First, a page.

Low Derive / Joe McMahon / Question the Mark / The Insomniacs
Death or Glory Records, Redditch, Tuesday 2nd December 2014
Whilst Redditch town centre on a damp Tuesday night may feel like Silent Hill surrounded by a one-way system so impenetrable and incomprehensible it feels surreal and somehow aggressive, it hides a secret. A wholly DIY secret. A live music venue that hosts a record store. Seriously. Just go to this place. Death or Glory Records. You can take my car. Your life will be better for it.
For this was a night of handsomely gruff melodic punk and acoustic. Featuring acts from Italy and the USA. In Redditch. On a schoolnight.
Openers The Insomniacs kept things grounded, though. With the shorts, spiked hair and anecdotes about tapping off with drunk girls in the bogs this band largely took their stylistic cues from that bouncy American Pie pop punk thing – Sum 41, New Found Glory, Green Day. And the Macc Lads. But didn’t quite have as much penetration or textured emotional depth as those bands. But hey. They had fun.
Question the Mark were a step up. Crisply delivered, pacy, hooky – this was a gravelly and quietly vinegary Welsh valleys take on the ever popular and oft-recycled melodic hardcore style. Think HDQ or Leatherface fronted by Chuck Ragan (he of Hot Water Music). The melodies and the vocal harmonics were simply and powerfully done, and if I am not mistaken there may have been the occasional social comment in there too. Naughty.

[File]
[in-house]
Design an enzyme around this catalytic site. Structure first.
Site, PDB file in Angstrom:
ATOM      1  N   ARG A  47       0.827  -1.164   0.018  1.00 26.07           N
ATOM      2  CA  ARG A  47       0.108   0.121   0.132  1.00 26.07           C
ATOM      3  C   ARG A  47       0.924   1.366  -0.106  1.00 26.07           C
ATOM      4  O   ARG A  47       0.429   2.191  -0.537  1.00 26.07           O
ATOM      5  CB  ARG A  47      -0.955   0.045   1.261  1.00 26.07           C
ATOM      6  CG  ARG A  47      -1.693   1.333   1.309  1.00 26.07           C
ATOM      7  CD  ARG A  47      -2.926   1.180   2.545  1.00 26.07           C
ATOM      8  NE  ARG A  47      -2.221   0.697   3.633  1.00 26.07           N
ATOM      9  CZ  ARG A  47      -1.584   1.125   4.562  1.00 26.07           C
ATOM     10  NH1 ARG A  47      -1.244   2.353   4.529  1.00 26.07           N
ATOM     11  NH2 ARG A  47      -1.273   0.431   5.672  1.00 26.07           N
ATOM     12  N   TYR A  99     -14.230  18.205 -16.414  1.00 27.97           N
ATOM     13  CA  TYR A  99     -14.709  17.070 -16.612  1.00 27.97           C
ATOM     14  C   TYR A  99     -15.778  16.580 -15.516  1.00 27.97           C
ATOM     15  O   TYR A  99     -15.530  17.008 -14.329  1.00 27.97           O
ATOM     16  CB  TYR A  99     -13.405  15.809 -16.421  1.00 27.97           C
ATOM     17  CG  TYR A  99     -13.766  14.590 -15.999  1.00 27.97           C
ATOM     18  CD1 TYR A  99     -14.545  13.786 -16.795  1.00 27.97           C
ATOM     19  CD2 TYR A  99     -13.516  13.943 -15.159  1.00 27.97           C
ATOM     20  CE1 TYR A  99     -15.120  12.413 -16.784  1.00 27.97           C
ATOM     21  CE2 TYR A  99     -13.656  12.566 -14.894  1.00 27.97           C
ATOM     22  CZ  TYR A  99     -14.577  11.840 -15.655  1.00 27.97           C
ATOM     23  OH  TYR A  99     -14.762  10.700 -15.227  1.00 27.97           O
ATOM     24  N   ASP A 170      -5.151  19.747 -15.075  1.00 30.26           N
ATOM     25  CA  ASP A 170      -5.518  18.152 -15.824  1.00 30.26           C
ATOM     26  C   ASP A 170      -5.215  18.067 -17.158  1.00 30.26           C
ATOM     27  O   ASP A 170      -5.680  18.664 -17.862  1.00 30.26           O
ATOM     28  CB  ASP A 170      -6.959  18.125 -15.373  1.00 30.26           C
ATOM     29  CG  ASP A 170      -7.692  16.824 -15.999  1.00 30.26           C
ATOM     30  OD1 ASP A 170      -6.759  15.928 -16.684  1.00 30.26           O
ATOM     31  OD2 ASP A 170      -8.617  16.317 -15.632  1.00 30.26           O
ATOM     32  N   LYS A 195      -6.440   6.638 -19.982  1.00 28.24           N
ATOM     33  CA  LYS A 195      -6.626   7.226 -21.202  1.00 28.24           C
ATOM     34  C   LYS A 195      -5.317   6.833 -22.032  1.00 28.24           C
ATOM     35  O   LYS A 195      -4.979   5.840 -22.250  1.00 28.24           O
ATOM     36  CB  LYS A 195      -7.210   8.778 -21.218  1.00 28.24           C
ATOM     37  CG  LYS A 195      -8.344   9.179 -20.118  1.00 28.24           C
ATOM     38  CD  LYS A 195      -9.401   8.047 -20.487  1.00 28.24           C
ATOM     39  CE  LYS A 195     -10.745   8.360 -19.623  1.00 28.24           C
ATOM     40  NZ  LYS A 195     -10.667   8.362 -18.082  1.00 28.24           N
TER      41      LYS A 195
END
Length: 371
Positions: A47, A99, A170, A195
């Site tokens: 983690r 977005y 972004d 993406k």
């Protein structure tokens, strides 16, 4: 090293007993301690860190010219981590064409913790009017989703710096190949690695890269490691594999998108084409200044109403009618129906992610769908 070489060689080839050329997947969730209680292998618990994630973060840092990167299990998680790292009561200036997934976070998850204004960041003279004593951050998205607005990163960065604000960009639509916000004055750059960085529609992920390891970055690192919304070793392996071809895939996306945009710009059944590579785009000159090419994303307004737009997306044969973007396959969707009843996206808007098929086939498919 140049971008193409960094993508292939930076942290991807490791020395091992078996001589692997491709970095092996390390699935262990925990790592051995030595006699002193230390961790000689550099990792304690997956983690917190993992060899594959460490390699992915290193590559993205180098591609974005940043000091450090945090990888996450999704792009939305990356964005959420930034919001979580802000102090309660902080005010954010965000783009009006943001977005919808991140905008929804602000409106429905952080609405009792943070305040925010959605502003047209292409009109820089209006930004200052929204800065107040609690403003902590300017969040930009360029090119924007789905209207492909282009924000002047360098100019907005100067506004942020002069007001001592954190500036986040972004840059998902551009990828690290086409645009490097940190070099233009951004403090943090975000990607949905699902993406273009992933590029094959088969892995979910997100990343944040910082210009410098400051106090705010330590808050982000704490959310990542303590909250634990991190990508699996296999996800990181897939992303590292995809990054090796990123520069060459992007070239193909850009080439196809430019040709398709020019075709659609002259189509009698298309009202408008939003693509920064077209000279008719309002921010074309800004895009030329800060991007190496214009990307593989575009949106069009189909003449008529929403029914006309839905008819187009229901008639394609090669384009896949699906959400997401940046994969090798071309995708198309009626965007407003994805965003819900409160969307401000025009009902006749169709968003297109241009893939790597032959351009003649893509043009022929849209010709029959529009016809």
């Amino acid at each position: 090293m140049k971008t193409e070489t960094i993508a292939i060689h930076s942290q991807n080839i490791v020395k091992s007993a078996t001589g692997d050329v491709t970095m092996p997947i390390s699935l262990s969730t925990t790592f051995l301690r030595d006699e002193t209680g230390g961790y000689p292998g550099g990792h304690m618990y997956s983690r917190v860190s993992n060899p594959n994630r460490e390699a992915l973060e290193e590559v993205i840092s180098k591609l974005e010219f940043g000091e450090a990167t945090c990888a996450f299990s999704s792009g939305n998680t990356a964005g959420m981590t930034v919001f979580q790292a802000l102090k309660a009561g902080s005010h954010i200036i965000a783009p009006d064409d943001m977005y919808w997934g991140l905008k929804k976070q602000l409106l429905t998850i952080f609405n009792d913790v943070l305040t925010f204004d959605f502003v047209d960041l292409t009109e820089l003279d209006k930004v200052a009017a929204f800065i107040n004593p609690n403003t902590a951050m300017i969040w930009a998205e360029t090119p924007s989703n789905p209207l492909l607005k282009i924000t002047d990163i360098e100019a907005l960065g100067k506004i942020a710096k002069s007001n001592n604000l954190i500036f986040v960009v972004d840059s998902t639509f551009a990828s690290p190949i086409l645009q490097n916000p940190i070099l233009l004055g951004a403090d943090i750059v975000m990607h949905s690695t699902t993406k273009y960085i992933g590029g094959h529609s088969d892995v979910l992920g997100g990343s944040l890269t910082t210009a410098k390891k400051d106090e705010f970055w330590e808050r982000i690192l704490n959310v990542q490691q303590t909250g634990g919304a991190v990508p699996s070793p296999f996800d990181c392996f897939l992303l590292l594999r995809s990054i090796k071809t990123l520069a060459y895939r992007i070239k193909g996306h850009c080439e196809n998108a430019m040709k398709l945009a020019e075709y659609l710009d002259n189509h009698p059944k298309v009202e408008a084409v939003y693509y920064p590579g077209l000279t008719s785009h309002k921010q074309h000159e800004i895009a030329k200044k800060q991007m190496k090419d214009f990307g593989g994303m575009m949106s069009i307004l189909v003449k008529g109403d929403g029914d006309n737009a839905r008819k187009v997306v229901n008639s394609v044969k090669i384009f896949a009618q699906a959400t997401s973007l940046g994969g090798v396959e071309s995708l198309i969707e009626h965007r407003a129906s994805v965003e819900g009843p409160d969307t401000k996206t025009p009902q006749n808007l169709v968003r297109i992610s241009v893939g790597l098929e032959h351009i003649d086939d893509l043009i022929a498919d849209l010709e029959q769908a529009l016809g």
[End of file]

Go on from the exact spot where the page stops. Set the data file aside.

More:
Speaking of social comment and consciousness, discovery of the evening was Joe McMahon – frontman of US East Coast political melodic punkers Smoke or Fire, doing a solo short acoustic set. For various reasons the current crop of singer songwriters carefully steer clear of orthodox protest or politics. These, in contrast, were songs that gave a shit about more than just the state of the human heart – much more. Inequality. Hope not Hate. In all, not unlike an unplugged Propaghandi. This man is also long-time collaborator with the wonderful Billy the Kid (google her. She is ace). And we need more like this to make the protest song credible again.
Proceedings were closed by the Milanese gruff neo-emo whirls Low Derive. This lot were good-looking lads, with the devilishly stylish edge common to the current crop of touring European punk and post-hardcore outfits like Astpai and Ash Is A Robot. Having recently played the Fest in Florida (along with our own Guerrilla Monsoon), this was sweetly executed stuff that knew it’s hardcore punk history. But that was also not afraid of the odd rock flourish. Sexy and accomplished.
All Images by Indie Images Photograhy – https://www.facebook.com/photosbyindieimages
Words: Ed Ling